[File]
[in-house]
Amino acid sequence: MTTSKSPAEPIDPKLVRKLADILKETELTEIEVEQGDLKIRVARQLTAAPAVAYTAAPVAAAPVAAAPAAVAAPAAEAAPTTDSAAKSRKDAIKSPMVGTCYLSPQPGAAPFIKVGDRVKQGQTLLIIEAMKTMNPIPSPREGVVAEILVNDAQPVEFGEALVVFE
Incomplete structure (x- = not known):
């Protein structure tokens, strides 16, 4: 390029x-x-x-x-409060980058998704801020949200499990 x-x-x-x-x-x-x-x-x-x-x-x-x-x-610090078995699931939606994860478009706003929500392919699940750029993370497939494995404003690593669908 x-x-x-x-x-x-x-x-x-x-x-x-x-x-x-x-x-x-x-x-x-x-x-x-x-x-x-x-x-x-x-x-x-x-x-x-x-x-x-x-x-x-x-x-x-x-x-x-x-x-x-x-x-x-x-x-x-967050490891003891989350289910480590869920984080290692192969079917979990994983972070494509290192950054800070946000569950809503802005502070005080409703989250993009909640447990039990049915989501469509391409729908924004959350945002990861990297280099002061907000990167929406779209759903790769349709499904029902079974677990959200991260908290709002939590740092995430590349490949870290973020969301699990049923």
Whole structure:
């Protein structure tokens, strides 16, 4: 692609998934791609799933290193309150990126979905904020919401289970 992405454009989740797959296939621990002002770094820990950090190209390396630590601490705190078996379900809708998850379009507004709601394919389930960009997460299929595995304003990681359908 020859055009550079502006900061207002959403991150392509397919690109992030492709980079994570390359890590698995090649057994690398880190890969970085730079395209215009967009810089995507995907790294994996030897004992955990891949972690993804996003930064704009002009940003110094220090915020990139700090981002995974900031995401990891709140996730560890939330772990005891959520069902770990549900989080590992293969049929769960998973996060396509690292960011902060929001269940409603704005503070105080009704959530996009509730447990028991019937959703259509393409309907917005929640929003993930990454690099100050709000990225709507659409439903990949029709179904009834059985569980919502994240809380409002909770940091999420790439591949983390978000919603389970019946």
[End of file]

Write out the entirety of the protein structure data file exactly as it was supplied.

[in-house]
Amino acid sequence: MTTSKSPAEPIDPKLVRKLADILKETELTEIEVEQGDLKIRVARQLTAAPAVAYTAAPVAAAPVAAAPAAVAAPAAEAAPTTDSAAKSRKDAIKSPMVGTCYLSPQPGAAPFIKVGDRVKQGQTLLIIEAMKTMNPIPSPREGVVAEILVNDAQPVEFGEALVVFE
Incomplete structure (x- = not known):
């Protein structure tokens, strides 16, 4: 390029x-x-x-x-409060980058998704801020949200499990 x-x-x-x-x-x-x-x-x-x-x-x-x-x-610090078995699931939606994860478009706003929500392919699940750029993370497939494995404003690593669908 x-x-x-x-x-x-x-x-x-x-x-x-x-x-x-x-x-x-x-x-x-x-x-x-x-x-x-x-x-x-x-x-x-x-x-x-x-x-x-x-x-x-x-x-x-x-x-x-x-x-x-x-x-x-x-x-x-967050490891003891989350289910480590869920984080290692192969079917979990994983972070494509290192950054800070946000569950809503802005502070005080409703989250993009909640447990039990049915989501469509391409729908924004959350945002990861990297280099002061907000990167929406779209759903790769349709499904029902079974677990959200991260908290709002939590740092995430590349490949870290973020969301699990049923």
Whole structure:
């Protein structure tokens, strides 16, 4: 692609998934791609799933290193309150990126979905904020919401289970 992405454009989740797959296939621990002002770094820990950090190209390396630590601490705190078996379900809708998850379009507004709601394919389930960009997460299929595995304003990681359908 020859055009550079502006900061207002959403991150392509397919690109992030492709980079994570390359890590698995090649057994690398880190890969970085730079395209215009967009810089995507995907790294994996030897004992955990891949972690993804996003930064704009002009940003110094220090915020990139700090981002995974900031995401990891709140996730560890939330772990005891959520069902770990549900989080590992293969049929769960998973996060396509690292960011902060929001269940409603704005503070105080009704959530996009509730447990028991019937959703259509393409309907917005929640929003993930990454690099100050709000990225709507659409439903990949029709179904009834059985569980919502994240809380409002909770940091999420790439591949983390978000919603389970019946």